From left, Steve Grand and Derek Magyar in ‘Boy Culture: Generation X.’

“Boy Culture: Generation X” addresses various taboos and raises some provocative questions. What informed the various encounters?
All the sex that I have had and people I talk to. Matthew and I talked about: What have we done? What have our personal sexual adventures taught us? And what sex stories have we heard from people, in talking with our friends? The sex aspect came from that. We also needed to make sure that whatever he was doing sexually, there was some emotional grounding in his home life, so it would make his own personal arc interesting. It wasn’t random sexual adventures. We wanted X to learn and grow.

Can you talk about researching sex work? What insights did that give you?
We did do research. I talked to sex workers. One of the most interesting things was learning about how marketing has completely changed in the sex industry. What was fascinating to me was how drastically the culture and the approach to it has changed since the [original] film and now. The main way to find an escort [in 2006] was through an ad in a magazine. Now it’s exclusively online. Sex workers are now salespeople in a different way. It’s about marketing and branding. All of these ways of marketing yourself has made people more open about their work and what they do and along with that, there is pride. Chayce is an out and proud sex worker who is owning it and living his life. There was not a lot of that 15 years ago.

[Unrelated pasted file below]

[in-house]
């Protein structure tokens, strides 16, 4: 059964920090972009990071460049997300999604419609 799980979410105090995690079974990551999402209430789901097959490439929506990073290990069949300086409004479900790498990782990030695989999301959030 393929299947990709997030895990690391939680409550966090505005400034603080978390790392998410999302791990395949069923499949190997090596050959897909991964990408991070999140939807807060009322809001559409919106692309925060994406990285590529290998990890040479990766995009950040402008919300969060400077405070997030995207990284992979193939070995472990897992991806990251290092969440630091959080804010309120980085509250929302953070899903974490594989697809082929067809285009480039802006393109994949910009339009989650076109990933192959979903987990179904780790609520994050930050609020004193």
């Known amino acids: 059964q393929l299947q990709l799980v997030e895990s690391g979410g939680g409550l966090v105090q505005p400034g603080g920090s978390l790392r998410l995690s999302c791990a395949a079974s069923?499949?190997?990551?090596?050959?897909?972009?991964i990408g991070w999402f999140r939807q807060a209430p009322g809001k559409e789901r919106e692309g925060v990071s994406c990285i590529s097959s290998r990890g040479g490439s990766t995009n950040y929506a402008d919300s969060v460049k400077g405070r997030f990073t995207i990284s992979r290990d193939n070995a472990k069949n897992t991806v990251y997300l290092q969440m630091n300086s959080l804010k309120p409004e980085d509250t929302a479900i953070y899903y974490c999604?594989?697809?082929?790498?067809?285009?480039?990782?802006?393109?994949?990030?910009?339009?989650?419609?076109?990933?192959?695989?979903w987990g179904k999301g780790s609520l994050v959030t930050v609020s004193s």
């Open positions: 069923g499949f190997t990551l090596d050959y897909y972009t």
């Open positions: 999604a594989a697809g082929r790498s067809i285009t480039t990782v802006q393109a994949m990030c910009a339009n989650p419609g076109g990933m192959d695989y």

What decisions did you make about how much sex you depicted and how much nudity you showed?
I’m personally all about gratuitous sex in shows. I love it. I made the “Eating Out” movies. But in “Boy Culture,” it was really more about the emotional experience and how the experience of sex impacts one’s thinking and one’s way of life. That is where we always started. How does It change X and the world around him, and what has he learned? From there, we include what feels necessary to tell that story. 

The show talks about aging, finding happiness, and self-worth. What observations do you have about these characters, and your own self?
You grow to appreciate routine, but you can get way too ingrained in it and smaller things can challenge you as you become stuck in routine. And that’s where X is. I find that in my own life. You feel people look at you and think about you differently in the community. Some of it is good. Some of it is bad. It depends on who and where you are.

Then there is the whole reckoning of self-identity — who these people are in their lives and relationships, as well as outside of their relationship and career? X and Andrew have been together for 10 years. They are trying to figure out who they are outside of this relationship. Andrew is in a job he is not passionate about. If he is not defined by his job or his family (e.g., X), who is he? We call it a midlife crisis, but it’s a little bit different for queer people, especially for people who came of age when there was no assumption that you could get married and start a family of your own.

Will X, Andrew and Chayce have more adventures?
If an opportunity arises, we would definitely take it. We have ideas. Darryl, Derek and Jason are on board. We’d love to see how these characters continue. Time will tell. If we got the green light in another 10 years, we’d figure out where the characters are 10 years from now.

From left, Darryl Stephens and Derek Magyar in “Boy Culture: Generation X.”
From left, Darryl Stephens and Derek Magyar in ‘Boy Culture: Generation X.’